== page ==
Statins: More than Just Lowering Cholesterol?


HOUSTON, Texas (Ivanhoe Newswire) – Statins are often the first line of defense when battling high cholesterol. More than 200 million people around the world are taking a daily dose for their heart health. But did you know that statins may also be good for your brain?

Some call it the wonder drug. Not only can statins lower cholesterol levels, but they’re also known as a risk-reducer!

“Statins have had a remarkable impact on preventing and reducing the burden of heart disease, which is the number one cause of death in men and women,” says Baylor Scott & White Research Institute doctor, Dr. Anandita Agarwala Kulkarni.

(Read Full Interview)

But statins may have an impact on your brain health.

Dr. Kulkarni reassures, “We hope to find out whether taking a statin will be beneficial in older adults with regards to dementia.”

In the largest study of its kind, a nation-wide research team is enrolling 20,000 people for their Preventable study, to find out if taking Atorvastatin, also known as Lipitor, can help older adults live better, longer by preventing new dementia, new disability, and heart disease.

“Preventable is unique in that we’re targeting adults at or above the age of 75 years. We’re also focusing on an important metric, like cognitive function, that hasn’t systematically been assessed in this manner,” Dr. Kulkarni explains.

Participants will randomly be assigned to a statin or a placebo and then researchers will follow the patients for up to five years, testing their memory, thinking and physical abilities. The question they want answered, “Do people over 75, without heart disease, benefit from taking a statin?” The answer may impact how we all age in the future.

More than 100 centers are involved in the Preventable study. Much of the study will be conducted by phone and email, and through normal doctor’s visits and health records – even the medication will be delivered by mail. Any healthy adult at or above the age of 75 years can potentially participate in this study.

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Contributors to this news report include: Marsha Lewis, Producer; Roque Correa, Videographer, Editor.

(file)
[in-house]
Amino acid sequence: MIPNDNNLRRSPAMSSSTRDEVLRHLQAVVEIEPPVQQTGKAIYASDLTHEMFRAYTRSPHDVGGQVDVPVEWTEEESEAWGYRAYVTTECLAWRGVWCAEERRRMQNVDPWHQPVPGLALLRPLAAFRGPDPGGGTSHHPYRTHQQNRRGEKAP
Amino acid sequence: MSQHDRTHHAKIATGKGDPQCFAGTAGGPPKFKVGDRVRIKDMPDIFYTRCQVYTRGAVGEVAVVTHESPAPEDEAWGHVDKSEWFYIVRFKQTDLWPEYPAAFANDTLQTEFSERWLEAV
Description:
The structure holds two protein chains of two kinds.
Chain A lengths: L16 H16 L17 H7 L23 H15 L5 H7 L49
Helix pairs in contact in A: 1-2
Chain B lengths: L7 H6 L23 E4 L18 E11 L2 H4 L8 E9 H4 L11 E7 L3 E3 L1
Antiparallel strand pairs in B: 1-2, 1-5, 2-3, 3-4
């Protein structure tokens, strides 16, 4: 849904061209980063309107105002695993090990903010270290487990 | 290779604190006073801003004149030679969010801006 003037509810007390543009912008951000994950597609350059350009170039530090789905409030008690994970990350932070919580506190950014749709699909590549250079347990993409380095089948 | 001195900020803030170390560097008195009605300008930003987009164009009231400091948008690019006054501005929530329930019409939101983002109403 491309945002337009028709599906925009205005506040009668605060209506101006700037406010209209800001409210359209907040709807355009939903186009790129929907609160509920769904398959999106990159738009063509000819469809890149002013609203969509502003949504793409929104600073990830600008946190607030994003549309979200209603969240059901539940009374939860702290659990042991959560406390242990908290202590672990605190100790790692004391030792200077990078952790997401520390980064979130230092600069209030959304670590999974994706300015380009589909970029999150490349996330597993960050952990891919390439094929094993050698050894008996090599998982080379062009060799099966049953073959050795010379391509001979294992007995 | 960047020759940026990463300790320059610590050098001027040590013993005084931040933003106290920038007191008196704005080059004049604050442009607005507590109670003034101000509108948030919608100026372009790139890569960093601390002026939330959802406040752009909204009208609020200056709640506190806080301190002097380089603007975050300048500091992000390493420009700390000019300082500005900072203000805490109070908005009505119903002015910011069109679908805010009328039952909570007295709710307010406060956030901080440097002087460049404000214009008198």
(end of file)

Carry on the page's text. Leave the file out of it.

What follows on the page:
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REPORT:       MB #5057

STATIN BACKGROUND: The first statin, called lovastatin, was approved for commercial use in the United States on September 1, 1987. Since then, tens of millions of individuals have been treated with statins as therapy for the secondary and primary prevention of coronary atherosclerotic events, including cardiac death and myocardial infarction. Widespread application of statin therapy has been a major public health advance, especially when used in high doses for patients at highest cardiac risk.


IMPACTS OF STATINS: Someone who uses statins may feel soreness, tiredness, or weakness in their muscles. The pain can be a mild discomfort, or it can be severe enough to make your daily activities difficult. Researchers have found a “nocebo” effect when it comes to perceived muscle pain and statins. The actual risk of developing muscle pain because of taking statins is about 5 percent or less compared with taking a pill that doesn’t contain medication. Studies show that nearly 30 percent of people stopped taking the pills because of muscle aches even when they were taking a placebo. The difference between experiencing muscle aches when taking statins could be whether you read about the potential side effect. Very rarely, statins can cause life-threatening muscle damage called rhabdomyolysis, which can cause severe muscle pain, liver damage, kidney failure and death. The risk of very serious side effects is extremely low and result in only a few cases per million people taking statins.


NEW STUDY: A study, published in Jama Internal Medicine, found that the absolute risk reduction from taking statins was modest compared with the relative risk reduction. The relative risk reduction for those taking statins compared with those who did not was 9 percent for deaths, 29 percent for heart attacks and 14 percent for strokes. The absolute risk reduction of dying, having a heart attack or stroke was 0.8 percent, 1.3 percent and 0.4 percent overall.



Deke Jones

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Doctor Q and A

Read the entire Doctor Q&A for Anandita Agarwala Kulkarni, MD

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